A collective of bibliophiles talking about books. Book Fox (vulpes libris): small bibliovorous mammal of overactive imagination and uncommonly large bookshop expenses. Habitat: anywhere the rustle of pages can be heard.
… It was the afternoon Alex disappeared, and the phone was ringing. If she answered it, her life would wind back, like a movie run backwards, to a moment before she knew. It would start forwards again, but sane this time, the world a sunlit idle place. On the phone would be the school nurse, or Jocelyn: ‘Hello, Mrs Selky? Yes, I knew you’d be worried, but Alex was feeling sick at his tummy, so we thought he should lie down in the office until you could come for him. Yes. Oh, he’s fine. Would you like to speak to him?’
… ‘Hello … Mommy?’
‘Hi, sweetie, it’s Jocelyn. Justine and Alex just begged me to come to our house; they’re in the middle of acting out Charlie’s Angels or something – yes. So why don’t you leave him for supper; come over at six and we’ll have a glass of wine. Want to speak to him?’…
And then Alex: “Hello, Mommy?’
I was on the look-out for something a bit different, and a colleague of mine had recently attended an event at Persephone Books so let me browse through their catalogue. There were several books I liked the look of, but as I’m trying to save money at the moment, I went for one only, and this was it. As an aside, the book has been made into a film, Without A Trace, so some of you may already know the storyline (NB: don’t click on the link to avoid spoilers!). But as I’d never seen it, then it was all new to me.
The first sentence completely captured me:
You could hardly get to age thirty-four without learning something about loss.
How true. And that feeling of being gripped by loss – here of course the sudden disappearance of a child, which is something I can’t even begin to imagine – stayed with me throughout. Even though that terrible sense of waiting for something to happen experienced by Susan Selky, our main character, went on for a little too long in my opinion before events started to take a more active turn. Still, there was something in the sheer luminosity of the prose that sucked me right into the scene and kept me there.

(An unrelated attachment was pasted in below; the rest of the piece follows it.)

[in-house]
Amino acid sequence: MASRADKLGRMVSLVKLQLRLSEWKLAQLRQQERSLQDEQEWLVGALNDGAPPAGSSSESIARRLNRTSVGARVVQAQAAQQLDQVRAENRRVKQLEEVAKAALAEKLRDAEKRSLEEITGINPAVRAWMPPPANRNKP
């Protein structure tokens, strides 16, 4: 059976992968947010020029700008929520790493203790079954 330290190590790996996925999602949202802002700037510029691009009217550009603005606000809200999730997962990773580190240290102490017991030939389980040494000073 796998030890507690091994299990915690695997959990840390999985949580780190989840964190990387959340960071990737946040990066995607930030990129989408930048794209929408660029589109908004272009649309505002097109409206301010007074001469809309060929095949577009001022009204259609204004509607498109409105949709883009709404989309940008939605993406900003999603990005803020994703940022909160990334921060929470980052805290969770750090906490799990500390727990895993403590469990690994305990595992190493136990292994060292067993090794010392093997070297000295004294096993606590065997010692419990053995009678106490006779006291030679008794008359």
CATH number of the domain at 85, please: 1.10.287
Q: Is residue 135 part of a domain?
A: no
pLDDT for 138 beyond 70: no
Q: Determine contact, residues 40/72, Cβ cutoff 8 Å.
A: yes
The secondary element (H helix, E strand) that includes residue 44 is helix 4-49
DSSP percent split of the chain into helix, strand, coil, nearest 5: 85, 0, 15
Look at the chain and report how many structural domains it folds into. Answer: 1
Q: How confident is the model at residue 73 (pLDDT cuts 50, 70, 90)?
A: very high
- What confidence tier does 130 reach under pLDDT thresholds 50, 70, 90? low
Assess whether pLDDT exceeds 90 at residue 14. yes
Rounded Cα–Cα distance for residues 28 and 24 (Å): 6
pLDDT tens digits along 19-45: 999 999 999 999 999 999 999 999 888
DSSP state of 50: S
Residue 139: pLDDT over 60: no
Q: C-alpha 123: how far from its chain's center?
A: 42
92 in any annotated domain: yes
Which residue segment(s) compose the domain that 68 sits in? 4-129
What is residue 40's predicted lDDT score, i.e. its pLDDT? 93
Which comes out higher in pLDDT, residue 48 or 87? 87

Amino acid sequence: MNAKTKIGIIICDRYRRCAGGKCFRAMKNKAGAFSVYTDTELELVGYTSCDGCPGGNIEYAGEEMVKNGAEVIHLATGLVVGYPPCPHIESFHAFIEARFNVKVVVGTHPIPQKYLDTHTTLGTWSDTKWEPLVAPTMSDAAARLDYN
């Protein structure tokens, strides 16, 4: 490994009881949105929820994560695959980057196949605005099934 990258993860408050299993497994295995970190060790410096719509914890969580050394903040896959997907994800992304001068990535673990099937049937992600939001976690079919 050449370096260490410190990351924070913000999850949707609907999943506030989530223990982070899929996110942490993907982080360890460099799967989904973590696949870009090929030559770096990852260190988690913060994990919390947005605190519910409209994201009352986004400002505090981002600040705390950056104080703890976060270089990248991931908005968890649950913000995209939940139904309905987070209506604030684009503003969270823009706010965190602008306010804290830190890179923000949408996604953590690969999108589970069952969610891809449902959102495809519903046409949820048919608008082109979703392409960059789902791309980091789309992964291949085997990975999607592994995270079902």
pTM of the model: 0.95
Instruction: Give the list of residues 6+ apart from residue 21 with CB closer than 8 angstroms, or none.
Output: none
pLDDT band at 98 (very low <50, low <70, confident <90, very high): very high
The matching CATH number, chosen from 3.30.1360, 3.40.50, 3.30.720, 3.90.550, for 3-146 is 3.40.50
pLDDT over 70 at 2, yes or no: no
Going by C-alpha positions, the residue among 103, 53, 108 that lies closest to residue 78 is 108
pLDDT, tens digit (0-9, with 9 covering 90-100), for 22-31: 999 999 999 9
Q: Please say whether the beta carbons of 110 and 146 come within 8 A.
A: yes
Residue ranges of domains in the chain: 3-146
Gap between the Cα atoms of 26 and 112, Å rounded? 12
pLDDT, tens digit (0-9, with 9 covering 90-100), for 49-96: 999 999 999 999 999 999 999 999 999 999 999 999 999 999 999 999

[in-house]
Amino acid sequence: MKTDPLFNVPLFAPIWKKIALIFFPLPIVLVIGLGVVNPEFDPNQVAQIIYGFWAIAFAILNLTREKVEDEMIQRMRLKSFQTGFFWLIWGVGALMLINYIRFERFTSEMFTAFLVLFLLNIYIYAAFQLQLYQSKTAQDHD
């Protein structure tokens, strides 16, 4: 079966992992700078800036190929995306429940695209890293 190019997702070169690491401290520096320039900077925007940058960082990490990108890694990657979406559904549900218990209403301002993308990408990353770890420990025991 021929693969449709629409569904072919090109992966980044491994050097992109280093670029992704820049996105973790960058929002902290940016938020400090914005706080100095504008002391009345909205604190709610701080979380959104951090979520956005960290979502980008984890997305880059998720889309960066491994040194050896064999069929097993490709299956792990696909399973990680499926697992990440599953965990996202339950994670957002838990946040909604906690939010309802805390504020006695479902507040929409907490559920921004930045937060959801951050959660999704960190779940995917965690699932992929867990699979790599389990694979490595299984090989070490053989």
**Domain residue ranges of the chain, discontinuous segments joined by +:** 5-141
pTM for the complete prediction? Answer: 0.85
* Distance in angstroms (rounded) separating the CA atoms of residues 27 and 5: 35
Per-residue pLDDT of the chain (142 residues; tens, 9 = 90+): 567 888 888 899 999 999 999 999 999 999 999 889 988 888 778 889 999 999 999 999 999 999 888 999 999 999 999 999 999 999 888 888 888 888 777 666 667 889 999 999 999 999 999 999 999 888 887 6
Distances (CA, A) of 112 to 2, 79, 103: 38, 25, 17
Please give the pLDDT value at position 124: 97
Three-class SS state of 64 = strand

I did love Susan and her view of life and events, or non-events, as they occur. She has great clarity and isn’t afraid to see through the hype to what’s actually going on. Therefore her character is a valuable guide and companion amongst the media frenzy, increasingly desperate police work and general emotional politics of losing a child as the search for Alex steps up and then, slowly and inevitably, fades away.
However, I think if we’d stayed entirely in Susan’s viewpoint then it might have become simply too intense and stressful so I was glad to see the occasional foray into the viewpoint of her friends and also the policeman in charge of the case, Menetti. The latter is a great counterpoint to Susan as he’s a happily married family man with seven children (surely a rarity amongst literary policemen …), as compared to her separated single mother status. Amongst her friends, I must also mention TJ whom I loved for his generous heart and willingness to get stuck in: